The 1979 cult classic Mad Max is one of those films, that despite the filmmakers deciding to dub Mel Gibson’s voice in U.S. theatres, falls into that sacred category of “should never be remade,” but the release of the second Fury Road trailer complete with the 2000 Battle Royale film music equals some kind of awesome. It also makes the argument of not remaking the film a moot point. When a trailer looks and sounds this great, it is almost fait accompli that the film is going to rock socks at the cinema.
World Gone Wild by David J. Moore is an A to Z collection of post apocalyptic films from a man who clearly loves the genre. Subtitled A Survivor’s Guide to Post Apocalyptic Movies this book is a must for fans of these type of films, or even television shows. In his 12 page introduction Moore explains what got him hooked on the genre, essentially the same things that get most people hooked. The main difference is that the writer tracked down every example of “end of the world as we know it” films he could find. The search also included small screen versions of tales about after the apocalypse and Moore has included them all.
Perhaps the most exciting thing about the premiere of FOX’s Gotham tonight is not the story of a “baby” Batman’s beginnings, along with a slew of Gotham City baddies and their origins but the inclusion of Brit actor Sean Pertwee on the small screen and not dying. Not dying? How can that be? The 50 year-old actor has made a career of starring in horror films and having his characters slain in some pretty gruesome and imaginative ways.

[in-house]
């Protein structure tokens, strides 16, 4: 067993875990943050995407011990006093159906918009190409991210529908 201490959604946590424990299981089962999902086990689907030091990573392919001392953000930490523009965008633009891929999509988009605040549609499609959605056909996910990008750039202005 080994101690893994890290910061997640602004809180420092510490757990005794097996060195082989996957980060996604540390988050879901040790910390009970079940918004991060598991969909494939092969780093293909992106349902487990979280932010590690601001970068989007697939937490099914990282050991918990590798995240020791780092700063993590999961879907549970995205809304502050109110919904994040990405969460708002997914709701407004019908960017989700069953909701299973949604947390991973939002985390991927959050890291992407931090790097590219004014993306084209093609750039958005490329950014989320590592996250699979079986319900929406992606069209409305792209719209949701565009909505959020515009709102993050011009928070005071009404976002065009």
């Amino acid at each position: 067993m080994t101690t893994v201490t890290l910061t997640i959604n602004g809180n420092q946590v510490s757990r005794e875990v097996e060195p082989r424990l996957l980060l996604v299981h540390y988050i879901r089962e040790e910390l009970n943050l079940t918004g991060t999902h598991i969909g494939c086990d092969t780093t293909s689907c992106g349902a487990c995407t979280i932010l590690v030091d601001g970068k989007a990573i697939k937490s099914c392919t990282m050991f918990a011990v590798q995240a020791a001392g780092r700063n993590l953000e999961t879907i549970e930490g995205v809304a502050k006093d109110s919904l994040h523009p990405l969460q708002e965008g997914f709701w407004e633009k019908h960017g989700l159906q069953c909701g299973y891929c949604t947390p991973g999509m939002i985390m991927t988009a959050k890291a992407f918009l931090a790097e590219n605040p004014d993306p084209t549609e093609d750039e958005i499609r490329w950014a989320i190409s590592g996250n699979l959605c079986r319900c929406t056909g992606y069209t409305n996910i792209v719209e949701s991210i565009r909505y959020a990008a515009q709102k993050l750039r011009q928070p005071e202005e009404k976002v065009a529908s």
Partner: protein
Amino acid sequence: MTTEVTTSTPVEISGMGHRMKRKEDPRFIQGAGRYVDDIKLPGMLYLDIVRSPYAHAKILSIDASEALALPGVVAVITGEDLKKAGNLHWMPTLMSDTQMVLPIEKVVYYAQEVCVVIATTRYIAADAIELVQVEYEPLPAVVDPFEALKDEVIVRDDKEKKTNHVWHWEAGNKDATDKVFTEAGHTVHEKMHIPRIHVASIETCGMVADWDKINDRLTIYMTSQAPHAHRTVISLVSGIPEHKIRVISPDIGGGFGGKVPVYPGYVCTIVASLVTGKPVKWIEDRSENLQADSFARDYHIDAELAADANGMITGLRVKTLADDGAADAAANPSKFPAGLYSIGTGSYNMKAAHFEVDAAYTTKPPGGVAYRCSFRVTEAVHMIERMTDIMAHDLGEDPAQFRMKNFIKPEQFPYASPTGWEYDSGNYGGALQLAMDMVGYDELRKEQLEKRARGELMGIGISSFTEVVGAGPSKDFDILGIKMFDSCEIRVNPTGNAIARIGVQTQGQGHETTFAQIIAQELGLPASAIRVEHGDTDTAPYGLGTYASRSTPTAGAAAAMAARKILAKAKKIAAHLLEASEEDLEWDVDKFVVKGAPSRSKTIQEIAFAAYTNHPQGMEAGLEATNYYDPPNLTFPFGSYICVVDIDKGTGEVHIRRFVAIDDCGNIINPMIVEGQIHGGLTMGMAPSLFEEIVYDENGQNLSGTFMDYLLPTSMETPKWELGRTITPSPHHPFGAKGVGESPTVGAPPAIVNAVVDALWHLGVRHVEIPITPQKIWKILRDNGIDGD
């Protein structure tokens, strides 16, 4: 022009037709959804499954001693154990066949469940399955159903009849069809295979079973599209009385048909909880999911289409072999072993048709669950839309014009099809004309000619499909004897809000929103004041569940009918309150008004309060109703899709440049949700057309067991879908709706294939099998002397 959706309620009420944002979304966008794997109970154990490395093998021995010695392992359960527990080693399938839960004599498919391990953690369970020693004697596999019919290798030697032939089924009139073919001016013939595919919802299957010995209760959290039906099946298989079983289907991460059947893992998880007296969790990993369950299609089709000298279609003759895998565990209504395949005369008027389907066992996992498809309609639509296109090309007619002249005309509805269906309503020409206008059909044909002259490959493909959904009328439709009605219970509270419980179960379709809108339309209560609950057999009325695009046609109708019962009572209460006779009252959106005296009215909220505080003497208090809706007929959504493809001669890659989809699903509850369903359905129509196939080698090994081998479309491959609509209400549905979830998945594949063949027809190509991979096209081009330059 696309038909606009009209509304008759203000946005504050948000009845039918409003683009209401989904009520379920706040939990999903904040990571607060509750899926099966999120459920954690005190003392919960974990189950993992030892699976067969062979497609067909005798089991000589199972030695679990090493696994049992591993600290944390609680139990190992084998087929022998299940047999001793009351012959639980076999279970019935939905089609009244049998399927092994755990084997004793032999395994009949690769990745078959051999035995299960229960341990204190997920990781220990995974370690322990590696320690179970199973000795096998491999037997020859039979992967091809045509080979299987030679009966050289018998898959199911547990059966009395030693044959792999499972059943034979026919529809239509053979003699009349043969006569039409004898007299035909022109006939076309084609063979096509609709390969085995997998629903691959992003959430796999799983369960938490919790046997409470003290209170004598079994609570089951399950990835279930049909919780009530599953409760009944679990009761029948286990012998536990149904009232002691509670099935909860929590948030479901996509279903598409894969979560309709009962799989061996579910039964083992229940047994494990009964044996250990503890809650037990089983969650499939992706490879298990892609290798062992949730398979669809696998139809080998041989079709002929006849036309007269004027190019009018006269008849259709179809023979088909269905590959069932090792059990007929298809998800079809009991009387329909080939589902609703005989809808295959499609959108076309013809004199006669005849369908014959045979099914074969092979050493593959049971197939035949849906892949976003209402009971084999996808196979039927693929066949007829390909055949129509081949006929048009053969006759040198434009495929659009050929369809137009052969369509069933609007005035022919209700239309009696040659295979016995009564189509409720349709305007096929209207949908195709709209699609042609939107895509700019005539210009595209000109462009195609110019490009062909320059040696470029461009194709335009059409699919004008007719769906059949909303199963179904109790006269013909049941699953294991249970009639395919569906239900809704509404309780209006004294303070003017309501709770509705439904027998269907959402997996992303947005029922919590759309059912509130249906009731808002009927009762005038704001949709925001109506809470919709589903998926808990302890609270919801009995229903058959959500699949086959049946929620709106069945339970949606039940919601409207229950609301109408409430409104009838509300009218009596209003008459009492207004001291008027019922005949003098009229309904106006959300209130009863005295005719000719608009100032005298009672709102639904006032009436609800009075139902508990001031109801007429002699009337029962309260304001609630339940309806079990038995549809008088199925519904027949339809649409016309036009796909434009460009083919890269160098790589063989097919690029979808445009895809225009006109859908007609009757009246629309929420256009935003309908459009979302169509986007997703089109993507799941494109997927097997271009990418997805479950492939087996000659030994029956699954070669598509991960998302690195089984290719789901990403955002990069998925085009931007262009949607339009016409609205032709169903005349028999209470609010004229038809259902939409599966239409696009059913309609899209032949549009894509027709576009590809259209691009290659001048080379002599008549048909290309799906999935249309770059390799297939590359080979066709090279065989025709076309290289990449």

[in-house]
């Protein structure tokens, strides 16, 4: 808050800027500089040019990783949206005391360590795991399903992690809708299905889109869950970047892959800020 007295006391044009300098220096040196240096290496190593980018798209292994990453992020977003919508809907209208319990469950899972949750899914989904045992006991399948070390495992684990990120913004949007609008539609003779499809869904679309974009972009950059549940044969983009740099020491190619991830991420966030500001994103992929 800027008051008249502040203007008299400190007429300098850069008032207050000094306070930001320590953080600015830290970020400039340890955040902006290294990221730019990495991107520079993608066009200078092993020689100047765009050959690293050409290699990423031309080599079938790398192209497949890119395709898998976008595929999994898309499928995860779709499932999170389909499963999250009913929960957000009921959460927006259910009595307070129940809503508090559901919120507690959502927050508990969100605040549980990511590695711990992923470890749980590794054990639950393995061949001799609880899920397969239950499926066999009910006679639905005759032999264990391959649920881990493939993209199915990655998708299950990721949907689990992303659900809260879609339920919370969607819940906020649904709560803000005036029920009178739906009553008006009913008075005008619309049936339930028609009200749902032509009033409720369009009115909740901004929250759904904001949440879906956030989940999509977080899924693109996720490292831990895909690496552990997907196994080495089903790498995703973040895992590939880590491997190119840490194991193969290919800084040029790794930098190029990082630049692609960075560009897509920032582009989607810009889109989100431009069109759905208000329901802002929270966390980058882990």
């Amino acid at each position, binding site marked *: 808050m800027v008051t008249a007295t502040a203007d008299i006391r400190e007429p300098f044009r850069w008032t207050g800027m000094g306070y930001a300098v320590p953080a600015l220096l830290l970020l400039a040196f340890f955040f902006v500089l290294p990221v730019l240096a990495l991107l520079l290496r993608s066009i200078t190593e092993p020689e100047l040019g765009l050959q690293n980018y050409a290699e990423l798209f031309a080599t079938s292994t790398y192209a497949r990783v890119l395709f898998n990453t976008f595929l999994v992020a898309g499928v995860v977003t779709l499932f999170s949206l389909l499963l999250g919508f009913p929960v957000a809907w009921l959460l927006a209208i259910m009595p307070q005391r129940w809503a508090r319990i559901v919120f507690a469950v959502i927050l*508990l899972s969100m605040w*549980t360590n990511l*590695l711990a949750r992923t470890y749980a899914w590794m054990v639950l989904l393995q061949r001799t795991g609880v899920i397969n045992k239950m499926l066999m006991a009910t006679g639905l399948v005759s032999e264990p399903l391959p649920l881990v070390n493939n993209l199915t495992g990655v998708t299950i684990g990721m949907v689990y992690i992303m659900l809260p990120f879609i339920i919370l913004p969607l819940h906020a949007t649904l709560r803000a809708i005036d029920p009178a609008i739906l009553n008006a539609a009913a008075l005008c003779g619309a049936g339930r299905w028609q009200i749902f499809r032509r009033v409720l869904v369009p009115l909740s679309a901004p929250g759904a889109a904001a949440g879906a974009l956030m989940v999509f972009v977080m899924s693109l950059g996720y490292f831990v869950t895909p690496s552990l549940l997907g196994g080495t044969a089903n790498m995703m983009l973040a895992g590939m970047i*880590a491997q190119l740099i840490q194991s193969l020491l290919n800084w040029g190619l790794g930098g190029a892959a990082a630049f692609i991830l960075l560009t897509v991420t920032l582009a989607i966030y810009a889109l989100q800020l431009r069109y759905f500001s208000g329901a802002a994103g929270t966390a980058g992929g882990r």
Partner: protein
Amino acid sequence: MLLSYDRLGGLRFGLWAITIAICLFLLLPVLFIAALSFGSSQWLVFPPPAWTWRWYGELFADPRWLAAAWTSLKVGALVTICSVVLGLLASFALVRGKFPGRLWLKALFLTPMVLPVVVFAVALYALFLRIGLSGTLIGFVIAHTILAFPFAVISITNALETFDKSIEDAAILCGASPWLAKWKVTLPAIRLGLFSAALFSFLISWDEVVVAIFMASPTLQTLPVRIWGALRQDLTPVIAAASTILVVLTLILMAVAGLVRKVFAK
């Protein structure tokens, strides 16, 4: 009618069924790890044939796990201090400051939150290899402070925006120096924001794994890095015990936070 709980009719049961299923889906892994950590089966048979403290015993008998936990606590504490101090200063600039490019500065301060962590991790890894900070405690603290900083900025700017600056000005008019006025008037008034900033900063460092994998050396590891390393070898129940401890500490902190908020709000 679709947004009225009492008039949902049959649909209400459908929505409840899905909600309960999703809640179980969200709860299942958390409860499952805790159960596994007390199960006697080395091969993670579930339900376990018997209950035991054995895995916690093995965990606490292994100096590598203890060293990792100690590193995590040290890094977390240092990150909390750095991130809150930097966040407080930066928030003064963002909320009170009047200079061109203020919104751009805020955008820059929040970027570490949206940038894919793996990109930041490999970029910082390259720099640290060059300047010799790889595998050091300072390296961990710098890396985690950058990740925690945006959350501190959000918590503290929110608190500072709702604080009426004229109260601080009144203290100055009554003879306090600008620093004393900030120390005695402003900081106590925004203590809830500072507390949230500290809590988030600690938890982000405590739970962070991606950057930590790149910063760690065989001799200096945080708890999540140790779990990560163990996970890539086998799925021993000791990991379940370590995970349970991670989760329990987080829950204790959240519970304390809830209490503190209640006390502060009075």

Devil’s Playground is director Mark McQueen‘s first venture into the feature film arena. Better known as the director of the “reality” television series The Only Way Is Essex, McQueen hasn’t done too badly in his maiden voyage.
Unfortunately the film feels an awful lot like the 2008 Brit-flick Doomsday but without the added benefit of director Neil Marshall or Rhona Mitra or Bob Hoskins. Playground does use a lot of the same actors though.
Sean Pertwee (and what would a low budget British horror film be without him), MyAnna Buring (who also was immune to the ‘virus’ that plaqued, sorry, England in Doomsday), and Craig Conway (who played MyAnna’s brother in Doomsday).
So okay we do have Colin Salmon (who has done the whole zombie bit before in Resident Evil 2002) and Danny Dyer (who is also an alumni of British horror because he played the drugged out prat in 2006’s Severance and he also did the 2009 horror film Doghouse), but, to the best of my knowledge Craig Fairbrass has never been in an apocalyptic zombie film before.
Interestingly enough the ruggedly good looking Fairbass got his start working on an English television show called London’s Burning. He went to America to work and Hollywood’s never really known what to do with him.
The basic plot of Devil’s Playground is not blazingly original. A chemical/pharmaceutical company is doing tests on people using an ‘enhancement’ drug that, apart from one test subject (Buring), is turning the participants into adrenalin fuelled scary zombies.